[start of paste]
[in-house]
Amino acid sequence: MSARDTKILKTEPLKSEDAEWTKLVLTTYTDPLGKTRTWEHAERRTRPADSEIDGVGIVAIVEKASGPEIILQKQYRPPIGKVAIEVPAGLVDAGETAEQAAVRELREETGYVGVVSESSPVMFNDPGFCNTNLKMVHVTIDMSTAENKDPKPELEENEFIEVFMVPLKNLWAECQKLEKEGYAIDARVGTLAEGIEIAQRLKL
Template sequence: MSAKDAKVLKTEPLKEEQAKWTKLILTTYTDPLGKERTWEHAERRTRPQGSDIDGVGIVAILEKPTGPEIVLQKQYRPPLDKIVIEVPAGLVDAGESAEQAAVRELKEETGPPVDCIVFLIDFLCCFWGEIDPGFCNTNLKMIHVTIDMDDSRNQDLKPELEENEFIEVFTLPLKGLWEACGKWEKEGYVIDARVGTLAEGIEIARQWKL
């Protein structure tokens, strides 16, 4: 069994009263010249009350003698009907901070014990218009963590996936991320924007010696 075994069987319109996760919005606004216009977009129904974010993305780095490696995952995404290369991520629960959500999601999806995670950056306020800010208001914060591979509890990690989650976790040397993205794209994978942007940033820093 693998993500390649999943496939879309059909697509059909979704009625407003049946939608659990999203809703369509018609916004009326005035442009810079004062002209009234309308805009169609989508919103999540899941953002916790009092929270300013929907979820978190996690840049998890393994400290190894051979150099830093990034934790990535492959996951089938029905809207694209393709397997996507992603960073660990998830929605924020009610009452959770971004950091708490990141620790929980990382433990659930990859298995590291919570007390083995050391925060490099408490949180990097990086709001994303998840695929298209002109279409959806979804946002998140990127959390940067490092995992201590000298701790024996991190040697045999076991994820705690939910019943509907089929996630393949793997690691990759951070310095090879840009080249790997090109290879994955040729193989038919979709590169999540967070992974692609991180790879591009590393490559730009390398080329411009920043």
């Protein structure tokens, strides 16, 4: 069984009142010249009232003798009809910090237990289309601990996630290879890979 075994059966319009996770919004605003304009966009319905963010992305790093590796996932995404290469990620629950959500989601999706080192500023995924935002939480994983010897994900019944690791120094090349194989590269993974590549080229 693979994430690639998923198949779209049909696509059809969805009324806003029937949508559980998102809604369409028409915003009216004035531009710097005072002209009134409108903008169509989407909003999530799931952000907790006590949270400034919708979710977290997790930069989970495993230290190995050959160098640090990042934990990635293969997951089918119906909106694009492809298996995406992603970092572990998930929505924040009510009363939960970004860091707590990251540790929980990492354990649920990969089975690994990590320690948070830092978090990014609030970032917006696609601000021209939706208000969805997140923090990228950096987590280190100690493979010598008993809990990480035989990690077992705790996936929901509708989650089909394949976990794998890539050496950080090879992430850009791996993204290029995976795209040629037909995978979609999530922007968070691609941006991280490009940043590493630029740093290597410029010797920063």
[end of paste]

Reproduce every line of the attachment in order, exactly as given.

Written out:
[in-house]
Amino acid sequence: MSARDTKILKTEPLKSEDAEWTKLVLTTYTDPLGKTRTWEHAERRTRPADSEIDGVGIVAIVEKASGPEIILQKQYRPPIGKVAIEVPAGLVDAGETAEQAAVRELREETGYVGVVSESSPVMFNDPGFCNTNLKMVHVTIDMSTAENKDPKPELEENEFIEVFMVPLKNLWAECQKLEKEGYAIDARVGTLAEGIEIAQRLKL
Template sequence: MSAKDAKVLKTEPLKEEQAKWTKLILTTYTDPLGKERTWEHAERRTRPQGSDIDGVGIVAILEKPTGPEIVLQKQYRPPLDKIVIEVPAGLVDAGESAEQAAVRELKEETGPPVDCIVFLIDFLCCFWGEIDPGFCNTNLKMIHVTIDMDDSRNQDLKPELEENEFIEVFTLPLKGLWEACGKWEKEGYVIDARVGTLAEGIEIARQWKL
């Protein structure tokens, strides 16, 4: 069994009263010249009350003698009907901070014990218009963590996936991320924007010696 075994069987319109996760919005606004216009977009129904974010993305780095490696995952995404290369991520629960959500999601999806995670950056306020800010208001914060591979509890990690989650976790040397993205794209994978942007940033820093 693998993500390649999943496939879309059909697509059909979704009625407003049946939608659990999203809703369509018609916004009326005035442009810079004062002209009234309308805009169609989508919103999540899941953002916790009092929270300013929907979820978190996690840049998890393994400290190894051979150099830093990034934790990535492959996951089938029905809207694209393709397997996507992603960073660990998830929605924020009610009452959770971004950091708490990141620790929980990382433990659930990859298995590291919570007390083995050391925060490099408490949180990097990086709001994303998840695929298209002109279409959806979804946002998140990127959390940067490092995992201590000298701790024996991190040697045999076991994820705690939910019943509907089929996630393949793997690691990759951070310095090879840009080249790997090109290879994955040729193989038919979709590169999540967070992974692609991180790879591009590393490559730009390398080329411009920043």
């Protein structure tokens, strides 16, 4: 069984009142010249009232003798009809910090237990289309601990996630290879890979 075994059966319009996770919004605003304009966009319905963010992305790093590796996932995404290469990620629950959500989601999706080192500023995924935002939480994983010897994900019944690791120094090349194989590269993974590549080229 693979994430690639998923198949779209049909696509059809969805009324806003029937949508559980998102809604369409028409915003009216004035531009710097005072002209009134409108903008169509989407909003999530799931952000907790006590949270400034919708979710977290997790930069989970495993230290190995050959160098640090990042934990990635293969997951089918119906909106694009492809298996995406992603970092572990998930929505924040009510009363939960970004860091707590990251540790929980990492354990649920990969089975690994990590320690948070830092978090990014609030970032917006696609601000021209939706208000969805997140923090990228950096987590280190100690493979010598008993809990990480035989990690077992705790996936929901509708989650089909394949976990794998890539050496950080090879992430850009791996993204290029995976795209040629037909995978979609999530922007968070691609941006991280490009940043590493630029740093290597410029010797920063």